Toxic Cocktails

The combination of Covid-19 and Brexit have turned back the clock on the traveling smoothly by 70 years.

Until 2019, frequent and not so frequent travellers used to take for granted that they could whisk in and out of their countries without ever speaking again to a border agent. E-gates had become the norm, at least in European countries.

Travelling now in 2021 is more akin to dodging landmines. Every week states come out with new and more complex regulations, including paper based and digital forms, first pioneered by the UK and now imitated by EU states. The PLF (Passenger Locator Form) has become a dPLF in the EU; however, not all European countries demand it, yet, and there doesn’t appear to be a site that informs passengers which countries do or don’t ask for it.

Travelling on the Eurostar between Paris and London and vice versa has the added complication of Brexit. Travellers going from Paris to London will have to have their travel documents checked four or even five times before they get on the train. They will have to come up with a good reason to leave France, and a better one to go back to the UK. Once they reach the UK, they will see a barrage of customs/border police officers looking for….? Given that all passengers are already checked at the Paris UK Border Police booth, what is the need for the extra scrutiny in London?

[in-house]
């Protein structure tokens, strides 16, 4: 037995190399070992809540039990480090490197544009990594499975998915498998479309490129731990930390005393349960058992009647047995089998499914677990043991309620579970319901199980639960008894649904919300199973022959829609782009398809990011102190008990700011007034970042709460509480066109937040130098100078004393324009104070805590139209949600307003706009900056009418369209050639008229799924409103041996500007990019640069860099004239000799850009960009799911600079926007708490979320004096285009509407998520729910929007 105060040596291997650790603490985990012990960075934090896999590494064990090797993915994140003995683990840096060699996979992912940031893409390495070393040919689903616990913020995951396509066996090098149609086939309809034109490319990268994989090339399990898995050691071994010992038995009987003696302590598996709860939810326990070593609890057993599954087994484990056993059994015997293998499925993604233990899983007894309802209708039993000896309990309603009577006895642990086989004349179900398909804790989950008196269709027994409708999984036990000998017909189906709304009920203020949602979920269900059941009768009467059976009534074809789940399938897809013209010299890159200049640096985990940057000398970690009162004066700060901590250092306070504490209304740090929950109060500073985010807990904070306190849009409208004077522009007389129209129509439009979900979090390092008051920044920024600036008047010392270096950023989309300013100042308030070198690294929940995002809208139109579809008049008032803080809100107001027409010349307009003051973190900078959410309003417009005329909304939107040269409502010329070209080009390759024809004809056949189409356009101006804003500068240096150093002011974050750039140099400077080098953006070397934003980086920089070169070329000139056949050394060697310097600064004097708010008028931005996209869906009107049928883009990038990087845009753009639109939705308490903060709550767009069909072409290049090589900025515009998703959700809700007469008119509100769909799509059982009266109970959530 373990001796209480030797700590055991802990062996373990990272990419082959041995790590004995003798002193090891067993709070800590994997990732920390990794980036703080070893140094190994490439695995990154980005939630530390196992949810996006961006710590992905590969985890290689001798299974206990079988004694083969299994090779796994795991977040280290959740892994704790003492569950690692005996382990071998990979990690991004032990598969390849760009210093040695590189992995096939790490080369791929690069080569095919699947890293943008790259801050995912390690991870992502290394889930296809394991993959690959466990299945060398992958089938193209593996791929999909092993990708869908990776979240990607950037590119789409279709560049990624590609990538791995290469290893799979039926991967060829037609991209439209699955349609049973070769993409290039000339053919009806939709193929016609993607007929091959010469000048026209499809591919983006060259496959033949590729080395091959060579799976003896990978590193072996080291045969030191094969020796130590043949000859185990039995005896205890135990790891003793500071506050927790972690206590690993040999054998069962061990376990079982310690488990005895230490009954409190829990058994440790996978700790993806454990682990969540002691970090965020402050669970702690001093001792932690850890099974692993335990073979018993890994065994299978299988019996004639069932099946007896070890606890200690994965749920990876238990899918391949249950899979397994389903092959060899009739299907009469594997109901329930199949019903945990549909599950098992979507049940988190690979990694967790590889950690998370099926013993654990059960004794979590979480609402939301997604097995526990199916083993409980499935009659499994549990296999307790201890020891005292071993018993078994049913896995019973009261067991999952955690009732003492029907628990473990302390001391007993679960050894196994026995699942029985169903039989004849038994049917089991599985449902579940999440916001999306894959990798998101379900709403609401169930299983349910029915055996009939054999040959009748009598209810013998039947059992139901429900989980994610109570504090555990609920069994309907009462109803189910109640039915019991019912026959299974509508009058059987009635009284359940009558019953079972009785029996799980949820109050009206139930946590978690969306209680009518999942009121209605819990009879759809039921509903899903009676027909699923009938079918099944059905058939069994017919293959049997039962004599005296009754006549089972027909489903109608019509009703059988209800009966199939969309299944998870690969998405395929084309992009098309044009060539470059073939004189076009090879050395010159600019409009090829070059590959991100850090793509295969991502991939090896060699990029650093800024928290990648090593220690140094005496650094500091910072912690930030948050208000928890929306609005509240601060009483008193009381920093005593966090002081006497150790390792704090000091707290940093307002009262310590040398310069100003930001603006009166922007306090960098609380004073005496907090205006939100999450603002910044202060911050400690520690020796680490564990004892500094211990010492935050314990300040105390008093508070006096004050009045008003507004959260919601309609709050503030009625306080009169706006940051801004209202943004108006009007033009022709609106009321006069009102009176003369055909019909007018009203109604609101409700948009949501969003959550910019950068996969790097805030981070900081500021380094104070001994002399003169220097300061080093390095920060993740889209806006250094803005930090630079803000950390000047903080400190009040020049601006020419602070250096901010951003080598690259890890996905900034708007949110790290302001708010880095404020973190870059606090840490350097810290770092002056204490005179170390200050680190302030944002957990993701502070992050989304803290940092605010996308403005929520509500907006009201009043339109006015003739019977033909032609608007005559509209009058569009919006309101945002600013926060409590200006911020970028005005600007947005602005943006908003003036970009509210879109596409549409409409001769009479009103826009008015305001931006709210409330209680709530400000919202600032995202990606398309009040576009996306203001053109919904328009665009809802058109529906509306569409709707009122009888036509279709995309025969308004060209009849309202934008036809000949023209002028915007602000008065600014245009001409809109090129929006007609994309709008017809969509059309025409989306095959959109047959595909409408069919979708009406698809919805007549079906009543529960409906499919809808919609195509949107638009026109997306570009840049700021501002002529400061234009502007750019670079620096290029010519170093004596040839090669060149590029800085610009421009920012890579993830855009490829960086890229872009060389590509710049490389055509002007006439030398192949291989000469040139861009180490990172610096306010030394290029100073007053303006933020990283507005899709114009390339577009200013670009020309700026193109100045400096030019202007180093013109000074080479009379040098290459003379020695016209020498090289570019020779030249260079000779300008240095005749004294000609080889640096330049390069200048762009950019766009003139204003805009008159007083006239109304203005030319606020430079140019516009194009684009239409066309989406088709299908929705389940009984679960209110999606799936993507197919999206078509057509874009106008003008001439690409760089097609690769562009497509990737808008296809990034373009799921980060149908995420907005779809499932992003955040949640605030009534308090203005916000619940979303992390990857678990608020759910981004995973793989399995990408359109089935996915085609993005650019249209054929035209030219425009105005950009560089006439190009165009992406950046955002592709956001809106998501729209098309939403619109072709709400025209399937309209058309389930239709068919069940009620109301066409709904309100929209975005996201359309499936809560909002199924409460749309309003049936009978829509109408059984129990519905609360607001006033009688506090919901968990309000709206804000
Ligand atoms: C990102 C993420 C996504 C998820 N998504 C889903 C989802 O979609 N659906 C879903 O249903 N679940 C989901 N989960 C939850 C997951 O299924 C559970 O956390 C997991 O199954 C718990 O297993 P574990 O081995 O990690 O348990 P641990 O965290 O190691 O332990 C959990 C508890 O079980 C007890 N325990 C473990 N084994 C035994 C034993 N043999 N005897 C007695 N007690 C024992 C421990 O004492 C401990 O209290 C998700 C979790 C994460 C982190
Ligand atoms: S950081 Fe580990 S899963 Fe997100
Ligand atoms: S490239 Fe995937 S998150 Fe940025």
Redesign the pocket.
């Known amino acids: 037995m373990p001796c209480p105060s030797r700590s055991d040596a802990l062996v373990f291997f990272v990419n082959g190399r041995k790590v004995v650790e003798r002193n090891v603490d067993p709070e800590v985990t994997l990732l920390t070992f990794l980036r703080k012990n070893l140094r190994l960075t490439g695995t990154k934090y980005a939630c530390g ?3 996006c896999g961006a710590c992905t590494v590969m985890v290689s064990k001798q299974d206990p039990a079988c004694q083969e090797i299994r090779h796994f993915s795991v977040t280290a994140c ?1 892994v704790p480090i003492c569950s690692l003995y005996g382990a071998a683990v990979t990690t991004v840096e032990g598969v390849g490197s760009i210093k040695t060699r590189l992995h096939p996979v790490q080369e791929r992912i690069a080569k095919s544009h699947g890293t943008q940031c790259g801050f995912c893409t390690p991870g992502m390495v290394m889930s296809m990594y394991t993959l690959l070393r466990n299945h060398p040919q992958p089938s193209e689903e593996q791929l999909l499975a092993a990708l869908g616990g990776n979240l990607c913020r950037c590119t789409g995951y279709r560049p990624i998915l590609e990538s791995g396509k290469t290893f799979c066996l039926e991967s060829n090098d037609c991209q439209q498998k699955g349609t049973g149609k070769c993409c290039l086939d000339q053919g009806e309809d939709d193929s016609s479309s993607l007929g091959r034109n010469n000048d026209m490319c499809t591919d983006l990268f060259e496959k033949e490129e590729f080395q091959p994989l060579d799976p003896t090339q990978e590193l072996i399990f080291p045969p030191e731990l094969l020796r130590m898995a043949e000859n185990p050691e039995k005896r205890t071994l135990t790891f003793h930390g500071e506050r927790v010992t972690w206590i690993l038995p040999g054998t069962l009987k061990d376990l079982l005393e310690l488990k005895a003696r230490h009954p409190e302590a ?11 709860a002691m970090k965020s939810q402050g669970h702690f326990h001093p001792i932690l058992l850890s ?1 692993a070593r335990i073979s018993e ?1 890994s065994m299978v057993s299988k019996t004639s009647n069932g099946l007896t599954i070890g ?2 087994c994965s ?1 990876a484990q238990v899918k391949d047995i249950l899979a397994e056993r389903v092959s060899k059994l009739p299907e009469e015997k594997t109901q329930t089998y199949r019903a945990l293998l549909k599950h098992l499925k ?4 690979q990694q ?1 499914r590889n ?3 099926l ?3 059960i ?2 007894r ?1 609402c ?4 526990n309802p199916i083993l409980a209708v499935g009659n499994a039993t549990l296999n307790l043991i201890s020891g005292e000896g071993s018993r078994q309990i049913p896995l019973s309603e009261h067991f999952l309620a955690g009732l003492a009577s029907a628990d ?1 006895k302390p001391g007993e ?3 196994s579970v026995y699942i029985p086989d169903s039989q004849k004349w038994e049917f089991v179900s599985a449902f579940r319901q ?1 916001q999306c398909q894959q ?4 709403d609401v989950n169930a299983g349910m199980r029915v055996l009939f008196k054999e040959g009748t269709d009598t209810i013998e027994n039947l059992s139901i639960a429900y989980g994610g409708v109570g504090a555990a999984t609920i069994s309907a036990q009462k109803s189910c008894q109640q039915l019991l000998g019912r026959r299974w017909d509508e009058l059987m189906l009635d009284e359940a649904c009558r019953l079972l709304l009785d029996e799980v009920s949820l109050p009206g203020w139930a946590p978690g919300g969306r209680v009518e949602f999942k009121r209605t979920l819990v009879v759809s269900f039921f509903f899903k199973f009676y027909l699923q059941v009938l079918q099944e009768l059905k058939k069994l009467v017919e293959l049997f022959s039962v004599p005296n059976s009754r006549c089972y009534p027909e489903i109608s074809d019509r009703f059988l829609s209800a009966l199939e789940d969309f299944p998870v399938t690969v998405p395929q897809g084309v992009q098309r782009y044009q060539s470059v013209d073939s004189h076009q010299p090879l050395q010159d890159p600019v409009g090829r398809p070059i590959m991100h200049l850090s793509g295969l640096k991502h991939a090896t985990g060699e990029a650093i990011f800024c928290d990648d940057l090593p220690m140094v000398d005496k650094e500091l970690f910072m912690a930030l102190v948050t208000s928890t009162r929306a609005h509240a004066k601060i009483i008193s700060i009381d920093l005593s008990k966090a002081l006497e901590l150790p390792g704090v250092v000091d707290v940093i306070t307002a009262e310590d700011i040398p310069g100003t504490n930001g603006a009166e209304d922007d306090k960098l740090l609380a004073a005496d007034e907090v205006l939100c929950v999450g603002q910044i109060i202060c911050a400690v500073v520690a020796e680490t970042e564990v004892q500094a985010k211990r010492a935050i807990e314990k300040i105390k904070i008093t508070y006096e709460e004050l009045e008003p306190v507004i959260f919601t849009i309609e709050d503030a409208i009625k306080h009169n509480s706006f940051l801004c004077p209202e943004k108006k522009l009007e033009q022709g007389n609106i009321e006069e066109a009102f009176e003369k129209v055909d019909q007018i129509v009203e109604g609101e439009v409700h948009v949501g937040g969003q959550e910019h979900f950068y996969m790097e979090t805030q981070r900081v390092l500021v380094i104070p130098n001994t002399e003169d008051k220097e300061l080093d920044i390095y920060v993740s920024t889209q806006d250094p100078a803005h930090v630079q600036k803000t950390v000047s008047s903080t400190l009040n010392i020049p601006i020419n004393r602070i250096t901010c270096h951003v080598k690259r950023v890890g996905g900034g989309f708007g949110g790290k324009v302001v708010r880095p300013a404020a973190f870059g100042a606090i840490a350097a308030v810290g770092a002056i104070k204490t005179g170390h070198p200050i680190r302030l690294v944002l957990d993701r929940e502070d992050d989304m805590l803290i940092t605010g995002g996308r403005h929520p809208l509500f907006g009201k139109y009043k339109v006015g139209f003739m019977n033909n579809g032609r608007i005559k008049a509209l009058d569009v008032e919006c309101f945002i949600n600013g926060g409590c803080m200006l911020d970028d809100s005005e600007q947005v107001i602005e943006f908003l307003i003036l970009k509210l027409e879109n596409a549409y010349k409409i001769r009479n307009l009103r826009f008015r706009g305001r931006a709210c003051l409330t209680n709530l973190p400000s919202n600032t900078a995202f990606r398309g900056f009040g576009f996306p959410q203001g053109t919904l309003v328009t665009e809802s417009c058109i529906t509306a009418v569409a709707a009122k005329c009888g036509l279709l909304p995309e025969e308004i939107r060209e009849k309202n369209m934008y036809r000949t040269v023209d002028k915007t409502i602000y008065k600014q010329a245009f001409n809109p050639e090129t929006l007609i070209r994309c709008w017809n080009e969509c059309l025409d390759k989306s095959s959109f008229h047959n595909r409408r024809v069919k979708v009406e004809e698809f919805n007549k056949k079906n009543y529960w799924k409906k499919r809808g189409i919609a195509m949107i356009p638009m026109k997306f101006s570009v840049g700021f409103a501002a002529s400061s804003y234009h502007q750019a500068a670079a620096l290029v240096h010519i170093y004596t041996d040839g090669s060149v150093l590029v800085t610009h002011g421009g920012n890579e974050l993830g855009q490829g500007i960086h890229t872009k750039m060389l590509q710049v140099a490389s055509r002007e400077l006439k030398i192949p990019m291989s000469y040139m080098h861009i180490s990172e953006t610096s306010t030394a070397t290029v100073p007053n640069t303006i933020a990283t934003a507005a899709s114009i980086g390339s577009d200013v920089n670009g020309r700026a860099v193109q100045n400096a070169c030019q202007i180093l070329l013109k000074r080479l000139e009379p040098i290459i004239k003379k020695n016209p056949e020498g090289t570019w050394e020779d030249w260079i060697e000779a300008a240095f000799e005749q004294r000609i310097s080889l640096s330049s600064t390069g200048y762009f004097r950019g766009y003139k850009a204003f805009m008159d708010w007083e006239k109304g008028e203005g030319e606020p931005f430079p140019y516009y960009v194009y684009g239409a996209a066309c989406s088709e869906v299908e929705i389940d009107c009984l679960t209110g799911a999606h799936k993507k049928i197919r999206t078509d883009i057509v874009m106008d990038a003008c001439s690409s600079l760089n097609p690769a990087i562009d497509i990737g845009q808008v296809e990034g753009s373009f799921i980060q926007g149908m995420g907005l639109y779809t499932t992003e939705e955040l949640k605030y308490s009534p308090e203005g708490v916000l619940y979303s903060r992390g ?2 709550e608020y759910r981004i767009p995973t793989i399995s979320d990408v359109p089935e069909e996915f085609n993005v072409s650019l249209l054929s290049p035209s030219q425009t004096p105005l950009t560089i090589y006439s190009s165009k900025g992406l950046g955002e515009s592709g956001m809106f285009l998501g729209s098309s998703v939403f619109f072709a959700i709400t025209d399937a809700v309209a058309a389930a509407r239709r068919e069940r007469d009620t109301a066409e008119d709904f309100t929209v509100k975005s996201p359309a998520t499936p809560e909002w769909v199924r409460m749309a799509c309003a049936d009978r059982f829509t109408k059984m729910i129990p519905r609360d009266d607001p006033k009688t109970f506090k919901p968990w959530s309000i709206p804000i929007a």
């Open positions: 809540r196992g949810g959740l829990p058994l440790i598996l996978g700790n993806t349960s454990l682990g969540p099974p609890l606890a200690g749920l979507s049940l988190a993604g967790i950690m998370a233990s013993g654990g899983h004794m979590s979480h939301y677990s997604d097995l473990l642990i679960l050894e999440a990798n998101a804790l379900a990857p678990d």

The same is true for the opposite direction of travel. Travellers landing at la Gare du Nord will see a dozen French customs agents scrutinising their faces and luggage looking for…?

If all of this is not enough, the French authorities have just announced that they will require travellers from the UK to isolate for a week; however, they are also told that nobody will bother to come and check. The UK of course does the same thing (but there they do check with ‘volunteers’ that look like Uber drivers that visit your house at random) as France is of course, an Amber country.

I have a simple question. Why does a traveller from France need to be checked five times when a traveller from Colombia will get away with one or two? What incredible extra danger do these Eurostar travellers present that they should be scrutinised to such an infuriating degree?

It is possible that a lot of these extra doses of attention are actually needed to prevent Claret coming back into the UK or the Indian variant to contaminate Europe…. but this degree of zeal smacks a lot like a political tit for tat. The French and the English have had periods of tolerance and periods of mutual antipathy, you can guess what is today’s direction of travel…

When More is Less

French President Emmanuel Macron has criticised Austria and Denmark for their declaration of wanting to cooperate with Israel in the production of vaccines. This comes on the heels of Austria’s eastern neighbours’ decision to approve the Chinese and Russian vaccines. According to M. Macron, European states should not attempt to forge alliances outside the EU perimeter but rather concentrate their efforts to centralise solutions within the EU frameworks.